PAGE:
They have the concentration, suggestion, and metaphorical dimension of a poem. Some of Kavalam Narayana Panikkar's main works can be named as Sakshi i.e. 'Witness' in 1964, Daivattar or 'God-man' in 1973, Tiruvazhithan in 1974, Avanavan katampa or 'Self as the Obstacle' in 1975, Ottayan or 'The Lone Tusker' in 1977, Karimkutty in 1983, Aram i.e. 'Sacrificial Firewood' in 1989, Teyyateyyam or 'Spirit of the Spirit' in 1991, and Poranadi or 'Outsider' in 1995. Although rooted in Kerala's heritage and the Natyashastra, Kavalam Narayana Panikkar absorbed various trends in world theatre, recreating them. He also translated drama from English to Malayalam. In 1988, Kavalam Narayana Panikkar wrote the film script of Marattam or Masquerade for eminent director G. Aravindan, based on his own play about a Kathakali performer's identification with his role.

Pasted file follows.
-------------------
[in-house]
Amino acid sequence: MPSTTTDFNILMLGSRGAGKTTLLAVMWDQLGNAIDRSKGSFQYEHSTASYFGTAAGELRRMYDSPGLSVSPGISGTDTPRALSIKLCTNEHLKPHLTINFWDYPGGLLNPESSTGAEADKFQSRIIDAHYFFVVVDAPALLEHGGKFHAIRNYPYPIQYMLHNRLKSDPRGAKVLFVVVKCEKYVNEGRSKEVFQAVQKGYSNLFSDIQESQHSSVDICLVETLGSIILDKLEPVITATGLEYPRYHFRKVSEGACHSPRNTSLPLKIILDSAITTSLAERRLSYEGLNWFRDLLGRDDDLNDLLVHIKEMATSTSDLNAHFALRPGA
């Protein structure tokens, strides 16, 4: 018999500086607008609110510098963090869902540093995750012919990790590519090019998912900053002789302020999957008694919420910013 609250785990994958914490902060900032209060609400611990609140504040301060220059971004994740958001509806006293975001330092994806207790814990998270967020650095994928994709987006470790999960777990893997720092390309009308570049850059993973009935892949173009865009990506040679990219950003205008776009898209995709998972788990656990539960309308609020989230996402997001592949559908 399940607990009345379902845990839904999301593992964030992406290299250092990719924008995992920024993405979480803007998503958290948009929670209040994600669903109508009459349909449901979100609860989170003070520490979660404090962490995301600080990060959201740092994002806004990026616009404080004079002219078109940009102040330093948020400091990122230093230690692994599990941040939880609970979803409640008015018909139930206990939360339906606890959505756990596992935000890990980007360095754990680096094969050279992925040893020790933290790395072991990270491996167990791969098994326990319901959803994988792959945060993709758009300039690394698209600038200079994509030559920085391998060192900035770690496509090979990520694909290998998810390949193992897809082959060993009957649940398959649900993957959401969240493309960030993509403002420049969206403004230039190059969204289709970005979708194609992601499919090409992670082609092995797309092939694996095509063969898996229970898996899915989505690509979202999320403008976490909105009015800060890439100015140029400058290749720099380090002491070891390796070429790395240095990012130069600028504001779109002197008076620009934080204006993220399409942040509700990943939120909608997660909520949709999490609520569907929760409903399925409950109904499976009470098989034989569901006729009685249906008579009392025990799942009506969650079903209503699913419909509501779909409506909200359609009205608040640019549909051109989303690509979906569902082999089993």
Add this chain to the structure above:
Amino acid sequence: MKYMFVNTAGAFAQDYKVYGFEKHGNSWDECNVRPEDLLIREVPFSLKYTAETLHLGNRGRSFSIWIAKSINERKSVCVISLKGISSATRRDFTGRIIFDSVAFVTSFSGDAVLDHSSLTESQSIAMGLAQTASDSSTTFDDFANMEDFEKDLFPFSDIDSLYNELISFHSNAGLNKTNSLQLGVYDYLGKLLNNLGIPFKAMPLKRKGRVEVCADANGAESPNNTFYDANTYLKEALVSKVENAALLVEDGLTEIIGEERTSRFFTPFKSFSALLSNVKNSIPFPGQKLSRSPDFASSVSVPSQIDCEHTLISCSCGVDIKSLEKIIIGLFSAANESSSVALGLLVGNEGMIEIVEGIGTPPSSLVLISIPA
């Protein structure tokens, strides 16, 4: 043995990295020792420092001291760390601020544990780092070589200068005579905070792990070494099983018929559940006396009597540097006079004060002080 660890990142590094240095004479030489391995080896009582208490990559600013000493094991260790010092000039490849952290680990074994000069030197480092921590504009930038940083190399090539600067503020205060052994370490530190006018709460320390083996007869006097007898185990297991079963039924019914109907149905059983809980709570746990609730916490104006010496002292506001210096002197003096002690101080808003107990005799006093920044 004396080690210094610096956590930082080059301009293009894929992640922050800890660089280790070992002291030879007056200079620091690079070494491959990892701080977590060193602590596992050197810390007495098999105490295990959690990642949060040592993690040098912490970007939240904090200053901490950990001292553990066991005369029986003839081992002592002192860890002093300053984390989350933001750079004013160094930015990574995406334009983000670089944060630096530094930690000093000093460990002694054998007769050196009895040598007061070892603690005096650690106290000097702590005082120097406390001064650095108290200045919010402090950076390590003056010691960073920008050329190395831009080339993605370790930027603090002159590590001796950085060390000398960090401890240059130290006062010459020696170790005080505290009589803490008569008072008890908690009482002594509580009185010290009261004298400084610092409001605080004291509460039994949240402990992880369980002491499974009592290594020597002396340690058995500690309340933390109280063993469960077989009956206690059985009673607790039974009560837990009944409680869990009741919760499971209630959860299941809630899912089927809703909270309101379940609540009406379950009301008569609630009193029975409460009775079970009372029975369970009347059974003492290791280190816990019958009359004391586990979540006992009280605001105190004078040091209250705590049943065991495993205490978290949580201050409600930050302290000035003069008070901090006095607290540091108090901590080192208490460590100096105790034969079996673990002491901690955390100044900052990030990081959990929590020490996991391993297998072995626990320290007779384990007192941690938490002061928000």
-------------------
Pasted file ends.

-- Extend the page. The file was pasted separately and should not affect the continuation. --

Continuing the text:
Kavalam Narayana Panikkar is an adept in all traditional and ritualistic forms from Kerala. Panikkar employed new rhythms in his stylized, often poetic and musical, dialogues with the result that his drama combined music, dance, and literature. Kavalam Narayana Panikkar explored Kalaripayattu martial art and classical genres like Kathakali and Kutiyattam imaginatively, to give appropriate shape to visual communication and to accentuate auditory impressions. Kavalam Narayana Panikkar related the splendor of Sanskrit theatre to the ingenuity of folk and tribal theatre. The Sanskrit classics he directed in this style include Bodhayana's Bhagavadajjukiya in 1976, Bhasa's Madhyamavyayoga in 1978, Dutavakya in 1980, Urubbanga in 1983, and Karnabhara in 1984, and Kalidasa's Vikramorvasiya in 1981 and Abhijnana-Sakuntala in 1982. They revolutionized the staging of classical drama in India. Some of them toured abroad. Kavalam Narayana Panikkar also gave a new orientation to Mohiniyattam dance by introducing Kerala's traditional Sopana music and rhythm patterns.